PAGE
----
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A North Cornish Eyrie with 4 young eyasses

Wednesday the 22nd and the Falcon was still sitting tight on her clutch, 3 eggs can be seen but more may be present; at 200+plus metres through a scope it is not easy to tell an accurate clutch size. She seems bored, picking around the scrape at grit anything to relieve the long hours she has sat. She seems to do most of the sitting, as in all previous visits it has been her on the ledge; even taking short flights to stretch the wings without relief of her partner. He sits away across the cove on a sentinel perch giving great views of the bay and any potential passing prey.

There is plenty of other bird life around, Gulls and Fulmars pass by on the updraughts, Oyster-catcher’s pipe their merry tune, a male Kestrel hovers effortlessly looking for an easy meal, almost oblivious to my presence; Rooks are busy nesting, carrying twigs and the like to line the nests in crevices in the rocks and male Stonechats sing atop the highest brambles proclaiming their territories. Cornwall looks magnificent along this stretch of coastline, it’s like stepping into ‘Poldark’ as an extra, only armed with binoculars and a scope.

On returning on Saturday the 25th the weather has taken a turn for the worse the sea mists are rolling in from the Atlantic the bay will be shrouded in mist within the hour I suspect. The walk to the cliff however is hopefull, if timings are correct then I hope to see young on this visit.

Sit back and enjoy the video – see what unfolded in the driving rain.

 

Bath Peregrine Lives Up To Her Name

Peregrine falcons have been seen in Bath since around the year 2000, and in 2005 the conservation charity, Hawk and Owl Trust, were kindly given permission to install a nest box on St Johns Roman Catholic Church, Bath. Peregrines have been successfully breeding there since 2006, and in early April this year the pair produced… Continue Reading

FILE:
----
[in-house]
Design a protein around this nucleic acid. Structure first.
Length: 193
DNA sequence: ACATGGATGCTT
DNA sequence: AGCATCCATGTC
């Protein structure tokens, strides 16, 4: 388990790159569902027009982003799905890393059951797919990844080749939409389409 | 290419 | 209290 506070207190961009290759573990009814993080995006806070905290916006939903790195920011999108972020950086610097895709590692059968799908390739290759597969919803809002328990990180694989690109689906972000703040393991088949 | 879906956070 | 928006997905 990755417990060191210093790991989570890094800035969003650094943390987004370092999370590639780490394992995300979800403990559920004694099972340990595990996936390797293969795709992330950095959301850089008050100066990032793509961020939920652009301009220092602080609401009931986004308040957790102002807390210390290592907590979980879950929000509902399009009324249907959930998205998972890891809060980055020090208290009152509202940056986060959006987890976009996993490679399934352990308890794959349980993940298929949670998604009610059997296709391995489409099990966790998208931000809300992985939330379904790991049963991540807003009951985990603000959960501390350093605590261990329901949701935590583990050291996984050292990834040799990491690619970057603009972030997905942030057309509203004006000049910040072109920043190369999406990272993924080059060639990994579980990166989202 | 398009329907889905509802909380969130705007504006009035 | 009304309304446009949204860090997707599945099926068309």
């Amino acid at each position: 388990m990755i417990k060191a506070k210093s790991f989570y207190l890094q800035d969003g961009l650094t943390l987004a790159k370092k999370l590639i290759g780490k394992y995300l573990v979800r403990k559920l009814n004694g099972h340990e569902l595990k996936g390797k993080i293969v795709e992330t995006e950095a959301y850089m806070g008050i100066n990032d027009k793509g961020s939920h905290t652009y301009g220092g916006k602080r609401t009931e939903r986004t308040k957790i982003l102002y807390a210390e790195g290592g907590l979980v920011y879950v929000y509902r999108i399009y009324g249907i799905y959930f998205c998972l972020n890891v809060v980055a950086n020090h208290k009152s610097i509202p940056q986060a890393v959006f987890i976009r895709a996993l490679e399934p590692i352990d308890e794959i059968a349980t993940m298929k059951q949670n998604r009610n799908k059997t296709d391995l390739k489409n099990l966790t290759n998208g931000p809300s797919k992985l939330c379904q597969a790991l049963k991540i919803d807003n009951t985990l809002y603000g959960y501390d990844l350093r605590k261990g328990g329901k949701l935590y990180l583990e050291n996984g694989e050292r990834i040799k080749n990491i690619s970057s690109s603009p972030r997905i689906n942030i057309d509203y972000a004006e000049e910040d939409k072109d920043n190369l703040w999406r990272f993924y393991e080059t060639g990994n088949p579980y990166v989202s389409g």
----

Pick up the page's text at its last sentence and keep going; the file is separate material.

First egg of 2015 is laid by the Norwich Cathedral Urban Peregrines

The egg arrived at 0617 yesterday morning (19 March 2015). All is well, and historically the next egg is due in two days later. The parent birds will wait until all eggs are laid before they will start to incubate the clutch fully. They keep the first eggs warm and viable. Once the entire clutch… Continue Reading

Is love in the air at our St John’s Church Peregrine Nest Platform in Bath?

The following video clip highlights the shenanigans between the falcon and the tiercel at St John’s Church in Bath during a large number of visits to the nest box.  They’ve been indulging in courtship behaviour, but will this pair ever get it together this year or continue to fight over food?! Continue Reading

Love is in the air at our Norwich Cathedral Peregrine Nest Box!

The pair of peregrines that have taken up residence in our Norwich Cathedral nesting platform for the breeding season are back together. The following video clip from our fantastic new cameras reveals exciting bonding behaviour. This pair has already been seen mating this year… all is on schedule so far for another successful season at… Continue Reading

Major Webcam Updates for 2015 Season

The Hawk and Owl trust has today launched its new webcam service for 2015. Much behind-the-scenes work has been undertaken by our Tech Partners (www.icode.co.uk) and our Volunteers over the winter ‘off-season’ to comprehensively upgrade the webcam streaming feed and the stills camera feed from the nest box on the spire of Norwich Cathedral. We… Continue Reading